Nuclear Armageddon an Uncomfortable Reality of the Ukraine War
In his direst assessment yet, President Joe Biden warned the world could face “armageddon” if Russian President Vladimir Putin uses nuclear weapons in Ukraine. The risk of nuclear escalation continues to increase due to the military approaches that Russia, Ukraine, and the United States have adopted for winning the stalemated conflict. Despite this risk, 70 percent of Ukrainians favor fighting to win the war. Given these circumstances, the only viable solution to prevent a nuclear catastrophe is that the U.S. encourages secret negotiations between Russia and Ukraine.
Putin believes that the possibility of Ukraine joining NATO is an existential threat to Russia that only Kyiv’s capitulation will prevent. Putin’s categorization of Ukraine’s membership in NATO as a threat to Russia’s security raises the stakes of the conflict. In practical terms, this means that the war must deliver results. Putin cannot afford to lose since it would be a national and personal embarrassment. Faced with such high stakes, Putin may take greater risks to win the war, like using nuclear weapons as he, and his cronies like Dmitry Medvedev, his former prime minister, have repeatedly suggested since the start of Russia’s invasion.
On the other hand, Volodymyr Zelensky has vowed to take back Crimea—which was illegally annexed by Russia in 2014. The liberation of Crimea would be a total defeat for Putin. He would be worse off than when he started the war, increasing the likelihood of nuclear escalation. Avril Haines, the U.S. Director of National Intelligence, recently stated that Putin would authorize the use of nuclear weapons if “he perceives Russia is losing in Ukraine.” Potential desperation from Putin to portray victory in Ukraine increases the risks of the war escalating.
Furthermore, a Ukrainian attack aiming to recuperate this region would fulfill Russia’s military doctrine on the use of nuclear weapons, which allows for the use of such weapons if the Russian state faces an existential threat from conventional weapons. From a Russian perspective, Crimea is Russian territory, and a Ukrainian attack aiming to retake this region would be an existential threat to Russia.
Meanwhile, Biden continues to support Ukraine in defeating Russia “for as long as it takes” by sending more than $16.8 billion in military aid. Moreover, according to Lloyd Austin, the U.S. Secretary of Defense, the U.S. wants “to see Russia weakened to the degree that it can’t do the kinds of things that it has done in invading Ukraine.” The Biden administration has invested so much in the Ukraine war—both materially and rhetorically—that a Russian victory would represent a devastating defeat for the U.S. Therefore, Russia must not prevail in the war.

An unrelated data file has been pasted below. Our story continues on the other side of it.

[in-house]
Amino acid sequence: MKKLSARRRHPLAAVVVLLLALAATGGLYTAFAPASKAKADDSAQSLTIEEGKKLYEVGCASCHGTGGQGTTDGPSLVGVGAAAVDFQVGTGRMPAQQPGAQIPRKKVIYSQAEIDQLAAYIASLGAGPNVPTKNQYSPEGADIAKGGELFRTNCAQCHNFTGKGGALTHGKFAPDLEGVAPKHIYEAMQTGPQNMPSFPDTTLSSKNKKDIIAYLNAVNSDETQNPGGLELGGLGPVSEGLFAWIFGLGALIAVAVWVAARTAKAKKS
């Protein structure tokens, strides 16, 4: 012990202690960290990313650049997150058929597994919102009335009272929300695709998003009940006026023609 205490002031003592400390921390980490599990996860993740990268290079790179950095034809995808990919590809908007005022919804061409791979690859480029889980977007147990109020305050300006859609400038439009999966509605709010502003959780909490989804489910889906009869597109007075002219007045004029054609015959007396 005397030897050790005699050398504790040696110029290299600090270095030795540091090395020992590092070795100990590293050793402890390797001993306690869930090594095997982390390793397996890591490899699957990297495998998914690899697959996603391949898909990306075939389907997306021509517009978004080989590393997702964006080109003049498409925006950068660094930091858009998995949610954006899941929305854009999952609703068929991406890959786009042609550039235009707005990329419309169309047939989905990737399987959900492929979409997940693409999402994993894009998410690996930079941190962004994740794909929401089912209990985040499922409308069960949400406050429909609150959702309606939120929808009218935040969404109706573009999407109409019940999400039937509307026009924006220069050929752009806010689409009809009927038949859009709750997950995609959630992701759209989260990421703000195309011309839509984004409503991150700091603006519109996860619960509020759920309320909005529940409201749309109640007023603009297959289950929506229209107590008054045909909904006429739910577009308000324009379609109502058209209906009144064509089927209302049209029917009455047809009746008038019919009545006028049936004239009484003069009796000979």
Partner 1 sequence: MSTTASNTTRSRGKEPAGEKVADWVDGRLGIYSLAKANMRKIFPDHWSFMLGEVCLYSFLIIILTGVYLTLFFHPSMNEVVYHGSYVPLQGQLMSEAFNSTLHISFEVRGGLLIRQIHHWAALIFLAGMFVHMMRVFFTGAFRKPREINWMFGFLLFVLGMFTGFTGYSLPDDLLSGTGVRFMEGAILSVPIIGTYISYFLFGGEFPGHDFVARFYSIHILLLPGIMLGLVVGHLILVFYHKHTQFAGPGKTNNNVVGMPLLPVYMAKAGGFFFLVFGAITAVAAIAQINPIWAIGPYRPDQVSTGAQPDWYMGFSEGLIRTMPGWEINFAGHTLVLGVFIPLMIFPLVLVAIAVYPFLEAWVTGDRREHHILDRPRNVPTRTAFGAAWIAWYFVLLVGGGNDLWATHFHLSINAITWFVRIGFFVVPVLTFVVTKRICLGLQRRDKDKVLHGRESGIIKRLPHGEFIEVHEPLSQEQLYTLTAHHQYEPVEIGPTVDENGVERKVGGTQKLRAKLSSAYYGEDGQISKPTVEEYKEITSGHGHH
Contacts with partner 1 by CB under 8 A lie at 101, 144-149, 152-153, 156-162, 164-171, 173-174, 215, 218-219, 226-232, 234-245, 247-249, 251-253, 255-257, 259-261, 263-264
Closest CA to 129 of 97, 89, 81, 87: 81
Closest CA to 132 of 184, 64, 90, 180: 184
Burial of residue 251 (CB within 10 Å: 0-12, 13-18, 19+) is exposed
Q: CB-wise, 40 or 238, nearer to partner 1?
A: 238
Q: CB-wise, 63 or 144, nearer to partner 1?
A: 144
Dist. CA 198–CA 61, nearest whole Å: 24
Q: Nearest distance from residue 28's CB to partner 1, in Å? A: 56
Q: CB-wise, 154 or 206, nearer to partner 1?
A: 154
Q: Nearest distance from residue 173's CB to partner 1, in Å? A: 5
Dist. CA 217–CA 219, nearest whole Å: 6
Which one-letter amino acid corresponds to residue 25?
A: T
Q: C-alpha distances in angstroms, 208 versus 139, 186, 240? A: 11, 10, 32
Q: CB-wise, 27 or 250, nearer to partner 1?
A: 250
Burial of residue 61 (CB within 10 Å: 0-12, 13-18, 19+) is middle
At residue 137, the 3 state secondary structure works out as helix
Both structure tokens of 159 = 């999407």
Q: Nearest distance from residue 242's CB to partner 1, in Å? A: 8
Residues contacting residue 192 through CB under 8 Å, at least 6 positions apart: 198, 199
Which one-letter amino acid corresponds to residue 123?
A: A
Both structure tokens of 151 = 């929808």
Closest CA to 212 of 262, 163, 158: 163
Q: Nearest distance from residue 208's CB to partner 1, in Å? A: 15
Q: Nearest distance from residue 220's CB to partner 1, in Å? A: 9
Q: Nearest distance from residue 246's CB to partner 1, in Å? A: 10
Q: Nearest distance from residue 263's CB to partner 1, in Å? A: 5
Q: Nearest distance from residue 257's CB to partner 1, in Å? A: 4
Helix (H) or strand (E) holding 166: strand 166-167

If Russia starts winning the war, the U.S. would be under pressure to increase its support for Ukraine by providing weapons that it has remained reluctant to send due to wariness about escalation. These weapons include long-range missiles, which are capable of striking targets within Russia. Sending these arms could provoke Putin to use more drastic means, including nuclear weapons, to bring the war to an end. Furthermore, the use of these missiles could be interpreted by Putin as an indirect American attack on Russian territory, increasing the risks of nuclear escalation. Simply put, the more successful each country is at achieving its military objectives, the more likely the war may turn nuclear.
Similarly, the war aims of each country do nothing more than prolong the war, which increases the risk of nuclear escalation. The longer the war goes on, the more likely it is that the U.S. and its NATO allies become deeper involved in the conflict. Given the high stakes of the war, there is potential for miscalculation and unintended escalation. A case in point is the landing of a Ukrainian missile into a Polish village, which killed two Polish citizens. Similar events might pull the U.S. and NATO into Ukraine, which is another scenario, according to Avril Haines, where Putin might use nuclear weapons.
Due to the risk of nuclear escalation, all parties have a vested interest in stopping this war now before it continues escalating. Ukraine and Russia should follow the example of the U.S. and the Soviet Union during the Cuban Missile Crisis. The U.S. and the Soviet Union avoided nuclear armageddon by engaging in secret negotiations. Similarly, negotiations to end the war in Ukraine must begin in secrecy.
Instead of letting both countries set preconditions for entering negotiations, Biden must take the initiative and propose an agenda, a day, and a location for secret talks to begin. Since the U.S. is the largest supplier of military aid to Ukraine, Biden has enough leverage to bring Zelensky to the negotiating table. Moreover, given that Biden was the only head of state with which Putin wanted to negotiate before attacking Ukraine, it is likely that Putin welcomes the U.S.’s willingness to compromise.
Secretly discussing a potential peace agreement will take away pressure from the parties and give them more flexibility to compromise. This approach will also allow each side to build mutual trust and confidence––basic elements for a lasting peace in Ukraine. The fifteen-point draft deal proposed by Zelensky in the weeks following the invasion will provide useful talking points for these meetings. For instance, parties should discuss less contentious topics like rights for Russian speakers in Ukraine and leave territorial disputes for later. Agreeing on small issues will help both sides feel more invested in the peace process and reduce the incentives for nuclear escalation. Ultimately, these secret talks will lay the groundwork for a Russian-Ukrainian peace agreement.
Sometimes, diplomacy must happen behind closed doors for countries to solve their differences and for everyone to reap the benefits of international peace and security.